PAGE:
I am sure that I have made mention in past columns how the most powerful and meaningful times in my life as priest are when I am visiting the dying, in particular when I am anointing them and bringing them Communion.
|Father Richard Kunst
You can ask pretty much any priest who has been around awhile what some of his experiences have been while anointing people before their death. I can assure you that the priest will have much to say. These are experiences in which time and eternity are mysteriously interlinked. Often the person who is dying is having conversations and in some cases even seeing loved ones who have long been gone. Now, in some cases this could be hallucinations, but I am equally convinced that many really are in both worlds as they approach their final breath.
The beauty of the last sacraments is so evident to those of us who are ministers of them. A case in point which happened just recently for me is when I went to anoint a woman who was near death, and after I anointed her she kept saying, over and over again, “I am so blessed, I am so blessed, I am so blessed.” She knew in her very fiber what the anointing meant for her as she approached God.
Sometimes, though not all the time, I am able to bring the Eucharist for the dying person. If they are still able to take nutrition, bringing them Communion makes an already powerful sacrament all the more so. There is a word that we use for someone’s last Communion: it is called “Viaticum,” which literally means “food for the journey” — food for their final journey to heaven and God. The Eucharist is the closest we can be to God this side of the grave, so to give Communion to someone who is about to meet God is indeed a powerful thing.
Viaticum is food for the journey to heaven, but isn’t all life really a journey? I actually don’t like that verbiage, because it just seems too much like something that would be said on The Hallmark Channel. I prefer to think of life not as a journey but as a pilgrimage, because our destination is a holy place, namely heaven. And as on any journey or pilgrimage, we need food for along the way: physical food for bodily sustenance and spiritual food for our immortal soul’s sustenance.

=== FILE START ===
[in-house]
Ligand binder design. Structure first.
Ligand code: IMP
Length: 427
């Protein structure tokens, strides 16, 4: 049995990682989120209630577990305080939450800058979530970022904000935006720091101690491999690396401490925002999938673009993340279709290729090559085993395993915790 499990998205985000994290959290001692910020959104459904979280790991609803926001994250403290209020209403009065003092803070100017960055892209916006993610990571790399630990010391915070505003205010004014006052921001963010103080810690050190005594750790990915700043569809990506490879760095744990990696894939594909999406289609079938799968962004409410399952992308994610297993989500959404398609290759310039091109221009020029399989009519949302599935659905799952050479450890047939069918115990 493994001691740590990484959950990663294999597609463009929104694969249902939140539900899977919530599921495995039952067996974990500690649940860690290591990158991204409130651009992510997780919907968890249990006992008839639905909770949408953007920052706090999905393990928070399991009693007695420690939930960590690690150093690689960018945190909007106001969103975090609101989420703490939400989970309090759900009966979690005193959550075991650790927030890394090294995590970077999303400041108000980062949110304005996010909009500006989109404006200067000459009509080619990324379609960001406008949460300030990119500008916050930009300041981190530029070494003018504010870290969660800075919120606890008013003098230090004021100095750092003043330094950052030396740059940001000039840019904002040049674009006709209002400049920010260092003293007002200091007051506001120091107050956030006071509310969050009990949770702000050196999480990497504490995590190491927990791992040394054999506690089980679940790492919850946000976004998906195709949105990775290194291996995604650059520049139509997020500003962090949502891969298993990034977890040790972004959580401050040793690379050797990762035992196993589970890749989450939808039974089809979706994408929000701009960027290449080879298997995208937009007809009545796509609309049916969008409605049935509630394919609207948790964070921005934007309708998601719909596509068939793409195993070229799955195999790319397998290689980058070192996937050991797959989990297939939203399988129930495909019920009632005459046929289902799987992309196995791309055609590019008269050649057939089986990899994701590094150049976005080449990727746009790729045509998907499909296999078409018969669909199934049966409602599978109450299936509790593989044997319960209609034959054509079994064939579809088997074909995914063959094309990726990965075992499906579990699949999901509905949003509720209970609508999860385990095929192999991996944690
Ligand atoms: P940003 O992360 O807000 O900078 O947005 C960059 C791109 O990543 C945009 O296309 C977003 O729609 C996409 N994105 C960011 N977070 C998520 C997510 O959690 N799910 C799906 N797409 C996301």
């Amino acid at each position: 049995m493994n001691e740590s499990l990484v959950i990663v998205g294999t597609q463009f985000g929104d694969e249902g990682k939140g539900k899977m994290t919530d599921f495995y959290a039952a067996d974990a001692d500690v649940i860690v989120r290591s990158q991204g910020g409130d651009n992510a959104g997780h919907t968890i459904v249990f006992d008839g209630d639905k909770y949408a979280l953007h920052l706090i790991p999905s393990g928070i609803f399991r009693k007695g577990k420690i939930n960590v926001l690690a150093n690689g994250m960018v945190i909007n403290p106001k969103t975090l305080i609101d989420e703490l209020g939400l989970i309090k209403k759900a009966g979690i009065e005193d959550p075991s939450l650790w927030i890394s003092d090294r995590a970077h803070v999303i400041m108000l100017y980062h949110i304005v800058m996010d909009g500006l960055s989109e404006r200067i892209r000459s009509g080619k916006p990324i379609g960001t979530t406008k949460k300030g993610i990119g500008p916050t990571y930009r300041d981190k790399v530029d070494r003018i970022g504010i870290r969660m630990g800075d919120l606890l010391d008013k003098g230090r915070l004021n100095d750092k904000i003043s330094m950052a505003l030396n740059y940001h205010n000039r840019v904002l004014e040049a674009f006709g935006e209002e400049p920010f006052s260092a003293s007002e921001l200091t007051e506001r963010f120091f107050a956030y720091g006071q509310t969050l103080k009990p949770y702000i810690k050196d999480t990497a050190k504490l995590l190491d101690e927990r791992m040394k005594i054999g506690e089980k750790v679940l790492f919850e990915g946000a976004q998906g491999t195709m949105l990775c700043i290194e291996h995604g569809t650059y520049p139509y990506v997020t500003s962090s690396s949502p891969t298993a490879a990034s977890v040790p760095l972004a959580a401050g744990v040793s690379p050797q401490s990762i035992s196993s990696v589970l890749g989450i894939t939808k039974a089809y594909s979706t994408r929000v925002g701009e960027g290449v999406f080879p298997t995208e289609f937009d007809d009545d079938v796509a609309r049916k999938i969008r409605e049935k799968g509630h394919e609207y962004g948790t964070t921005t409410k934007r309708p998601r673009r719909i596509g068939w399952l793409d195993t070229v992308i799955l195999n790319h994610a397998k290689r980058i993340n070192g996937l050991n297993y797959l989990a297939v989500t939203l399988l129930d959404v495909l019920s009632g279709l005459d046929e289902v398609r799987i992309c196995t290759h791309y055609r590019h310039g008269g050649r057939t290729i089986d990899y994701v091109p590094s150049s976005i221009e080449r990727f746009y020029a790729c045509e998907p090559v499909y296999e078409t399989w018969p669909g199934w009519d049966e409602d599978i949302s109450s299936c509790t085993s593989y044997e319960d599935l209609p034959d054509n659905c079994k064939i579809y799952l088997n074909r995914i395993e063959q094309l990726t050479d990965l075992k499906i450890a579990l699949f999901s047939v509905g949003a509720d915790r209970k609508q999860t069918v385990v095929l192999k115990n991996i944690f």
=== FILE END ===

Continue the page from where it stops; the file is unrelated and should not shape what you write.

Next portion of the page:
In all instances in the Gospels, the miraculous multiplication of the loaves to feed the large crowds are signs and symbols of the Eucharist. In Matthew’s Gospel, after John the Baptist is killed Jesus withdrew by boat to get away from the people so as to have some time alone with his disciples, but the Gospel says, “The crowds heard of it and followed him on foot from the towns” (14:13). After spending the rest of the day with them as evening drew near the Gospel continues with, “… the disciples came to him with the suggestion: ‘This is a deserted place and it is already late. Dismiss the crowds so that they may go to the villages and buy some food for themselves.’ Jesus said to them: ‘Give them something to eat yourselves’” (14:15-16).
The point Matthew is making in this passage is that the crowds needed to be fed as they were journeying to see Jesus, and Jesus saw to their nourishment. Well, if all of life is a journey or a pilgrimage towards heaven, then we need to be nourished at all times as well. Our greatest spiritual nourishment is always the Eucharist; it is truly our food for the journey, it is our Viaticum.
And yet there are so many people who do not partake of this necessary sustenance or partake of it rarely. Christmas and Easter Masses are always overflowing because so many people only come to Mass twice a year. How can reception of the Eucharist twice a year sustain us? It can’t.
But let’s “up” the analogy a bit. Can eating once a week sustain our body? Probably, but not very well. If we were given the chance to eat physical food more than once a week we would all take it. We eat every day to keep our bodies working and healthy. Why would it be any different for our souls than it is for our bodies?
I have always been a big proponent for weekday Mass attendance. We will have no clue as to how good it is for our soul to go to daily Mass until we get to heaven.
Now, I fully realize that for some people this is impossible, but there are people who are reading this column who may be retired or have a work schedule that would allow such a practice. I encourage you to give it a try, since most all parishes have a daily Mass schedule. We all need Viaticum, we all need food for the journey, as we are on our way to God.
That food is available every day.
Father Richard Kunst is pastor of St. James and St. Elizabeth in Duluth. Reach him at [email protected].